Portrait of Edoardo Charbon


Edoardo Charbon EPFL Neuchâtel quantum physics

Professor Edoardo Charbon

Native of Collina d’Oro, near Lugano

Lives in Jouxtens-Mézery (VD)

Born in 1964

Director of AQUA laboratory, EPFL Neuchâtel

Edoardo Charbon

Edoardo left his home canton of Ticino for Zurich, where he graduated with a bachelor’s degree from ETH Zurich. He then crossed the Atlantic and obtained his master’s degree at U.C. San Diego, then his PhD at U.C. Berkeley. On his return Europe, he taught at two universities: from 2008 to 2016 as full professor in Delft, where he first worked on quantum technologies; at the EPFL from 2002, where he was assistant lecturer and lecturer before being appointed full professor in 2015.

He currently heads the AQUA (Advanced Quantum Architecture) laboratory, located in the building of the Neuchâtel branch of the EPFL. He is backed up by a team of thirty employees and appreciates the team’s multicultural character and collaborative spirit. His management style is results-oriented, with efficiency counting for more than time spent in the laboratory.

We talk to a scientist whose research results are an integral part of the objects we use every day.


What are the important principles governing quantum physics?

Quantum physics emerged in the 20th century and made it possible to describe certain types of non-trivial behaviour of atoms and particles, which the physics of the 19th century had not been able to explain. Based on one of Planck’s ideas, Einstein hypothesised that light waves are also made up of corpuscles, or photons. The first important principle to understand is that of superposition of states. A photon, an electron or even an atom can be in different energy states at the same time. From this first principle follows the second principle, that of entanglement: constituents (atoms, for example) of systems that have interacted in a certain way remain connected, which makes it possible to cause the states of the two systems to change at the same time. These are principles that are used in quantum computing and other fields of science and engineering.

What is the main technology that you use in your research?

CMOS technology – complementary metal oxide semiconductor – is a manufacturing technology for electronic components. It is used in all microchip applications: computers, telephones, electronic devices, etc., and has been constantly evolving since its inception in the 1960s.

CMOS technology is used in an integrated circuit, also known as an electronic chip. This circuit consists of an electronic component, based on a semi-conductor that reproduces one or more electronic functions of varying complexity, often with several types of electronic component built into a small volume. The transistor is one of these electronic components, which functions like a switch. If several transistors are connected together, the behaviour of the overall assembly depends on the state of each transistor, blocking a current or letting it pass.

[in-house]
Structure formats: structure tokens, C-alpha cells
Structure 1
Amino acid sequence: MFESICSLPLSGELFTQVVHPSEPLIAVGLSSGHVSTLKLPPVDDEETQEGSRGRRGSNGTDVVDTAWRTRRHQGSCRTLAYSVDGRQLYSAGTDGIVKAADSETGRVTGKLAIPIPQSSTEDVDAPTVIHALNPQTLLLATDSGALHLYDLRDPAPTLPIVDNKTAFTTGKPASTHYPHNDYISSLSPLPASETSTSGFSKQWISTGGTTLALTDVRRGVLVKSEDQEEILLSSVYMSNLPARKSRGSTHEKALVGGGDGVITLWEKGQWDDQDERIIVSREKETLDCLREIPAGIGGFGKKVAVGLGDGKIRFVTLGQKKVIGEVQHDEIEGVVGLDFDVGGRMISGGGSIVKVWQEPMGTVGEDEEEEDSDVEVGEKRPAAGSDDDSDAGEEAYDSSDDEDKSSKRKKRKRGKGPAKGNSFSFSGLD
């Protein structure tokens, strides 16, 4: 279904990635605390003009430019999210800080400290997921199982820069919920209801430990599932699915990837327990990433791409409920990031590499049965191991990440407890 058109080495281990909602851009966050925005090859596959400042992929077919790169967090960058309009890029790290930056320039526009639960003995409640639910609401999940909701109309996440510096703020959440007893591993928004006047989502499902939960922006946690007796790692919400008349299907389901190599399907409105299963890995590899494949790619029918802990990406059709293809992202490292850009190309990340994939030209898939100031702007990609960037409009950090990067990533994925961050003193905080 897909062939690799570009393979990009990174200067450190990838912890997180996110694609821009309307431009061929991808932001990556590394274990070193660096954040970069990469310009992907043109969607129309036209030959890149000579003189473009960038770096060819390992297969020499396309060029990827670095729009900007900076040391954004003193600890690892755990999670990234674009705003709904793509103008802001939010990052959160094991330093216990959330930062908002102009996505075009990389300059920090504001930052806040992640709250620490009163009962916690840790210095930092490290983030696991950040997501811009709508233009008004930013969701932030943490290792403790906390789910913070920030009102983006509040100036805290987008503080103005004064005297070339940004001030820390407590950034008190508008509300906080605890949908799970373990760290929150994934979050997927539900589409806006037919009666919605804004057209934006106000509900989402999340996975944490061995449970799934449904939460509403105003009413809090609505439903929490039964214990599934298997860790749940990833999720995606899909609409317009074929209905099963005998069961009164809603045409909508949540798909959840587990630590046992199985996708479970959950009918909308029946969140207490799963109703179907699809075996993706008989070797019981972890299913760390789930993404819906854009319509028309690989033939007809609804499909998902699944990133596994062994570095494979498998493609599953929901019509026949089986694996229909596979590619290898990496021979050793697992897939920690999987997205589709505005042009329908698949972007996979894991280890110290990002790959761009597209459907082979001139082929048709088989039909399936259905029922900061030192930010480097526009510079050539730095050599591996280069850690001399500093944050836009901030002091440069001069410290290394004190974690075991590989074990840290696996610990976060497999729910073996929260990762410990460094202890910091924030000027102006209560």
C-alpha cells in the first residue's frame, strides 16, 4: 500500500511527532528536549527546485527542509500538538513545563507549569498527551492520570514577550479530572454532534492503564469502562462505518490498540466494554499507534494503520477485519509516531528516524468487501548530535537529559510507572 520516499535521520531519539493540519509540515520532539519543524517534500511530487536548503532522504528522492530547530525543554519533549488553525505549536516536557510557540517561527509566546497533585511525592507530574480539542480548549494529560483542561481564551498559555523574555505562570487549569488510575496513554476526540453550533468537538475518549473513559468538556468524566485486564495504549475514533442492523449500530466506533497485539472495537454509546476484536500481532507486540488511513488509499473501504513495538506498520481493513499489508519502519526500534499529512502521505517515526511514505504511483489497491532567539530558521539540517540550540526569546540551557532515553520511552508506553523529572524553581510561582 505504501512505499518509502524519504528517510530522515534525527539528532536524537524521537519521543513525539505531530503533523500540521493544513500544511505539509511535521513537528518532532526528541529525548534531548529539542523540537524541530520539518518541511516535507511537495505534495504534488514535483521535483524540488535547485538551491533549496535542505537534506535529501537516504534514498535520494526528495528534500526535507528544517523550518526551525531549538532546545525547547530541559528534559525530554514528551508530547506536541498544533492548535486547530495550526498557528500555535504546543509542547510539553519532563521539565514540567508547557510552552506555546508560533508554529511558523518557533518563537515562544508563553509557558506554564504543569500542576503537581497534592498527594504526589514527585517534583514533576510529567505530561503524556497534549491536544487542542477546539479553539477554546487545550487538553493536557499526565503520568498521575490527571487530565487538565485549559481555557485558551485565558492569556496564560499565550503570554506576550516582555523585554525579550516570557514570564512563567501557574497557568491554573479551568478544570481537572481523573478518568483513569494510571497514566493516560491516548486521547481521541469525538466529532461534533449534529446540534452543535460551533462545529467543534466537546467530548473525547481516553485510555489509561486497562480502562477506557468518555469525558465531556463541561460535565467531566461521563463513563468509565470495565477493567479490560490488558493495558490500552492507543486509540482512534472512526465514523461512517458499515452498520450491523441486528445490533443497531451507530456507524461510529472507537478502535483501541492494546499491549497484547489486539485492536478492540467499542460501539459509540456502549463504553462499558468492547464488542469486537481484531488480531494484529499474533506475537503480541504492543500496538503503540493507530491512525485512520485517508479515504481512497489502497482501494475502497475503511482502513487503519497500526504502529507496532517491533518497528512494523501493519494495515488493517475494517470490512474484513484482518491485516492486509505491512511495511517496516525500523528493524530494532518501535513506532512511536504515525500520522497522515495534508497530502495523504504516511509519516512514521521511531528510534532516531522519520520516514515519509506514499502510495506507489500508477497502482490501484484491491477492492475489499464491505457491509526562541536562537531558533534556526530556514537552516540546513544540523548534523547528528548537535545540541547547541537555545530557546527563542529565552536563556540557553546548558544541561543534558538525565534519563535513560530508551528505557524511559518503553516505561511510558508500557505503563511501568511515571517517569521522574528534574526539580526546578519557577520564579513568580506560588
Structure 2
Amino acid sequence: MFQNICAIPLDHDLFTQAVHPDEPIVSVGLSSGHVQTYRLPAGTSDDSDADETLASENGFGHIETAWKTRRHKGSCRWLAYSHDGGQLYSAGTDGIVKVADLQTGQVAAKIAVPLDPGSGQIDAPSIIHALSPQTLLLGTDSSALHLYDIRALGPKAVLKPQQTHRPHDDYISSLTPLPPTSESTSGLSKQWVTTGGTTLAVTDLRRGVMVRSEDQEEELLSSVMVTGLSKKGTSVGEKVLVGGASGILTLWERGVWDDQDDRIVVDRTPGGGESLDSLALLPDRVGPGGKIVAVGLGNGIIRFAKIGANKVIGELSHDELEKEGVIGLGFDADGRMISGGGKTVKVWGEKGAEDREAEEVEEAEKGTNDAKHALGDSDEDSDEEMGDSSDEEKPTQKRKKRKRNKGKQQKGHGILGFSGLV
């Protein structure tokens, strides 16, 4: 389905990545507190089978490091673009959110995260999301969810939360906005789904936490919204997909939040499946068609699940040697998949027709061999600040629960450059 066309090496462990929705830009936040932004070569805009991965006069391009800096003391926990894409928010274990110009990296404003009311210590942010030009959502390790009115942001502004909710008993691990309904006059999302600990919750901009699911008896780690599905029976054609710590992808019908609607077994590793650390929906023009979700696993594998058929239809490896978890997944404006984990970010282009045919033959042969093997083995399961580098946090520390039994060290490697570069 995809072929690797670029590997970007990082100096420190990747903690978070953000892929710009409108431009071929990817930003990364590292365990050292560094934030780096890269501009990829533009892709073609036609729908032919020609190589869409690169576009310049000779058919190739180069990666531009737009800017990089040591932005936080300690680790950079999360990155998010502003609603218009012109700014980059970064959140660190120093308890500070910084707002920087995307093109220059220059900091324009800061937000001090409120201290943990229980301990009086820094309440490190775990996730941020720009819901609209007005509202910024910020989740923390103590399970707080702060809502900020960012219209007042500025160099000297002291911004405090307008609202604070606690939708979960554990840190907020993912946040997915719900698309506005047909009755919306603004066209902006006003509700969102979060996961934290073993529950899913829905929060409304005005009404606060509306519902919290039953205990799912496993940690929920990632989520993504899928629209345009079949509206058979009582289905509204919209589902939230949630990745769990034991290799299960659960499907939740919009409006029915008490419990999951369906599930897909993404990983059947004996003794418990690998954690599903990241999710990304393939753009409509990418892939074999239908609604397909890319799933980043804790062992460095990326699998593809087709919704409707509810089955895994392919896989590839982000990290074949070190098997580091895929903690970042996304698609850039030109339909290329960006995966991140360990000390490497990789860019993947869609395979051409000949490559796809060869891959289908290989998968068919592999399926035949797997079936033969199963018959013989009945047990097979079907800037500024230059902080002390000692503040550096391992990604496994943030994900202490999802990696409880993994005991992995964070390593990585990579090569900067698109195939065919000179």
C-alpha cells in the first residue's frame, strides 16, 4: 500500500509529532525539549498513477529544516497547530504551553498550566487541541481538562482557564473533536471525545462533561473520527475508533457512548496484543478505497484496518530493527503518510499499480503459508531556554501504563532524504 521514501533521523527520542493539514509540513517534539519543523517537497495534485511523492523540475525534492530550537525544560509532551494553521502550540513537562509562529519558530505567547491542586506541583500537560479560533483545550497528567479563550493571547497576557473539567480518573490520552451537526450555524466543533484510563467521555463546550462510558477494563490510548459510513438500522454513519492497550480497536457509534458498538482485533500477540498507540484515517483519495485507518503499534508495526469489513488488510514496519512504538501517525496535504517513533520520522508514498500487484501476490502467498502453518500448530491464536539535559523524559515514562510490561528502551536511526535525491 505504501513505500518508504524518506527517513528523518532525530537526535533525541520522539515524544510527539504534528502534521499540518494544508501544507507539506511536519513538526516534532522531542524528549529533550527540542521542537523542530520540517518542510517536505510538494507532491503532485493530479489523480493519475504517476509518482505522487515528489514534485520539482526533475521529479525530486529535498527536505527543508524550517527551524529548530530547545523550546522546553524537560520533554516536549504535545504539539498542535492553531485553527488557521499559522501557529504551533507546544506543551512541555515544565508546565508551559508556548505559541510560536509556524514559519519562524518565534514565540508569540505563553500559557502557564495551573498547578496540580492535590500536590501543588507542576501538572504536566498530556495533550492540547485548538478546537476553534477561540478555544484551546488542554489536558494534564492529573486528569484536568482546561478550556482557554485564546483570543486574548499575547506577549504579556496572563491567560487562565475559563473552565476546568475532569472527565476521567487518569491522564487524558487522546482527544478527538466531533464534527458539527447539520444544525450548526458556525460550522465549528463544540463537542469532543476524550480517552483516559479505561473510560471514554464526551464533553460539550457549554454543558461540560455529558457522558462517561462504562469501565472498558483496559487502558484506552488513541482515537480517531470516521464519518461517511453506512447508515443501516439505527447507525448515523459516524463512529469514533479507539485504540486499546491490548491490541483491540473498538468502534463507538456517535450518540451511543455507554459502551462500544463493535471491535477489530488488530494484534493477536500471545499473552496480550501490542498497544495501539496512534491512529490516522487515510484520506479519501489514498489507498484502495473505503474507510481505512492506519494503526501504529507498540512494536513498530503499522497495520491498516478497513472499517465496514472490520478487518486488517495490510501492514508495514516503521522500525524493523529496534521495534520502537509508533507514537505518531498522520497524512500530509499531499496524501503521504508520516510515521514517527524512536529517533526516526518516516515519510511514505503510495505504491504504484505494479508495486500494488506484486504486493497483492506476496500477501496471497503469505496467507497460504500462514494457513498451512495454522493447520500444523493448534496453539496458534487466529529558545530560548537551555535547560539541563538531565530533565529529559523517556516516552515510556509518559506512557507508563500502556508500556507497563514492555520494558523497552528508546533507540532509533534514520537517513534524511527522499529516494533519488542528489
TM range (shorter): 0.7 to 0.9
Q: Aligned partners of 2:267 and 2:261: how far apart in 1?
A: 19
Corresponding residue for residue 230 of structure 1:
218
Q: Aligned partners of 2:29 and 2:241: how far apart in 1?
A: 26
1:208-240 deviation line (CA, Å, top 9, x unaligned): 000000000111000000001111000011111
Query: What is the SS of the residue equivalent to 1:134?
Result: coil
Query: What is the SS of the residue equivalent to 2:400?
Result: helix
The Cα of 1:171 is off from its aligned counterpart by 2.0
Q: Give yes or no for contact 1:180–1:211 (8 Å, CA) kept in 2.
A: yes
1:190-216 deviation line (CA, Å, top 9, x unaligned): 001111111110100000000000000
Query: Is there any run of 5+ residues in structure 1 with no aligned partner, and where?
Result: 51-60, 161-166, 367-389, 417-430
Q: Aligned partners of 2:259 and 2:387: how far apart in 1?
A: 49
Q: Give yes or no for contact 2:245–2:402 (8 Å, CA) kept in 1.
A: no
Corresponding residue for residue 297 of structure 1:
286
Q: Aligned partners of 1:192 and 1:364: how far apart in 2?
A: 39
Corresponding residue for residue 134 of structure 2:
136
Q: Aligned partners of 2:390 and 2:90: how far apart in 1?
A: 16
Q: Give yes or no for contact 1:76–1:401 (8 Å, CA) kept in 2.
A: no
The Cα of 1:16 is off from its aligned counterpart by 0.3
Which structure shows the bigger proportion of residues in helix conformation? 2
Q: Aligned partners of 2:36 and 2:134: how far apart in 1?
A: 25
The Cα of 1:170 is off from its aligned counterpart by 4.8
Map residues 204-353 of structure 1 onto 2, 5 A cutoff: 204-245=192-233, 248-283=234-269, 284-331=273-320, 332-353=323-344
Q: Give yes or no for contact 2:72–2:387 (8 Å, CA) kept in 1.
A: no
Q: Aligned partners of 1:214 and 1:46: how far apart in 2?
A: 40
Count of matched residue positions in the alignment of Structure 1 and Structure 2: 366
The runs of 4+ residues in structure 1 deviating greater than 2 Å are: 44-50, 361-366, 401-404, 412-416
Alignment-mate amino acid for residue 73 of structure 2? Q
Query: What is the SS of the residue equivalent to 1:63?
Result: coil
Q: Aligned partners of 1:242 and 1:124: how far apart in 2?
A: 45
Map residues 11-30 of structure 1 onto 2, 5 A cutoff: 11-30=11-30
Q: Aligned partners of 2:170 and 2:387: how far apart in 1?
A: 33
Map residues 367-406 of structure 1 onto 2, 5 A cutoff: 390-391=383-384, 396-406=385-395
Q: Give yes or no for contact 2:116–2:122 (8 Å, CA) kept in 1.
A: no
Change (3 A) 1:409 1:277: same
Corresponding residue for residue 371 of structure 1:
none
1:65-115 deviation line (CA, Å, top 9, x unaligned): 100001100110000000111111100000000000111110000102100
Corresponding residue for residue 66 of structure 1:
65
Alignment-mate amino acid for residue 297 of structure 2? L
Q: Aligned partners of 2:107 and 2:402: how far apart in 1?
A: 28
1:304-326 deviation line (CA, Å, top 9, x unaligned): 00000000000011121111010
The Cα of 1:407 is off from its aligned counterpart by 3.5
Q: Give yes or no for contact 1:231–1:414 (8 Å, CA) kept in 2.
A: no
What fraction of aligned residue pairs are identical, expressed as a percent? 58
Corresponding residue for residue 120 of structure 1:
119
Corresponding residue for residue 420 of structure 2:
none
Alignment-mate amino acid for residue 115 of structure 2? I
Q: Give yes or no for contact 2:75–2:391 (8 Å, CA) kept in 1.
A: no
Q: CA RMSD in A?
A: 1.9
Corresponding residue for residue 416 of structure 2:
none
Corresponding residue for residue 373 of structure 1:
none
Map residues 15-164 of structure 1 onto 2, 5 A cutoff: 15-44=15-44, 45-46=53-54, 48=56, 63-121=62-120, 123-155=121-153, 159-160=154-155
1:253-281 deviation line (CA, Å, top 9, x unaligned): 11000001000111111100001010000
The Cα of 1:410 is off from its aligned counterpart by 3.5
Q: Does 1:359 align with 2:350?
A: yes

How do you use CMOS technology in your projects?

We have utilised this technology to produce detectors of a type known as SPAD – single photon avalanche diode – measuring just a few micrometres in width. They enable the detection, counting and timing of single photons, natural or artificial, in the environment. A miniature camera comprising millions of SPAD pixels can measure distances ranging from a few centimetres to several kilometres. This technology has been incorporated into dozens of brands of mobile phones. For example, a detector is fitted behind the glass of the telephone, in order to see whether a person is in front of the screen or not and thus determine whether the screen should be lit up or not. This has enabled a significant increase in battery service-life. In 2018, 1 billion of these detectors were sold.

In the medical field, another technology, also based on the SPAD, has made it possible to obtain a much more precise vision of tumours, for example. Thus, when a PET (positron emission tomography) scan is carried out to locate a tumour, the contrast agent injected binds itself to the cancerous cells. The molecules of this product emit positrons, which, when they meet electrons, emit energy in the form of gamma rays. These gamma rays are detected by the SPAD by scintillation and a computer reconstructs the image of the tumour in 3D. This allows very precise visualisation and elimination of the tumour with the least possible impact on the body.

To learn more about the CMOS-SPADs technology, visit the AQUA lab webpage.

Victoria Barras